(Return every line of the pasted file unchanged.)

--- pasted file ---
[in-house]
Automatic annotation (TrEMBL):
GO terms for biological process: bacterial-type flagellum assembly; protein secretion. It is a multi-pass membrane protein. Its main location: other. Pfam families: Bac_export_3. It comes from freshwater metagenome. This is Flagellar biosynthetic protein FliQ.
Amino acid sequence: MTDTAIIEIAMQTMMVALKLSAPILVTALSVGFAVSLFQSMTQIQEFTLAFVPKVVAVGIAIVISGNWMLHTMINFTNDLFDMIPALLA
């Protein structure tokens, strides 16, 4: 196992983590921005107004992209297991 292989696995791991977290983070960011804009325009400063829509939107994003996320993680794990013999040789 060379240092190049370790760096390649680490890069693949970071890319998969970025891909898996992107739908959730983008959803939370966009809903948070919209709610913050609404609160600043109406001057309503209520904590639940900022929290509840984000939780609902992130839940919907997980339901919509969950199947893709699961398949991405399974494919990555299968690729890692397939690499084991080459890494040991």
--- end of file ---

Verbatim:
[in-house]
Automatic annotation (TrEMBL):
GO terms for biological process: bacterial-type flagellum assembly; protein secretion. It is a multi-pass membrane protein. Its main location: other. Pfam families: Bac_export_3. It comes from freshwater metagenome. This is Flagellar biosynthetic protein FliQ.
Amino acid sequence: MTDTAIIEIAMQTMMVALKLSAPILVTALSVGFAVSLFQSMTQIQEFTLAFVPKVVAVGIAIVISGNWMLHTMINFTNDLFDMIPALLA
């Protein structure tokens, strides 16, 4: 196992983590921005107004992209297991 292989696995791991977290983070960011804009325009400063829509939107994003996320993680794990013999040789 060379240092190049370790760096390649680490890069693949970071890319998969970025891909898996992107739908959730983008959803939370966009809903948070919209709610913050609404609160600043109406001057309503209520904590639940900022929290509840984000939780609902992130839940919907997980339901919509969950199947893709699961398949991405399974494919990555299968690729890692397939690499084991080459890494040991």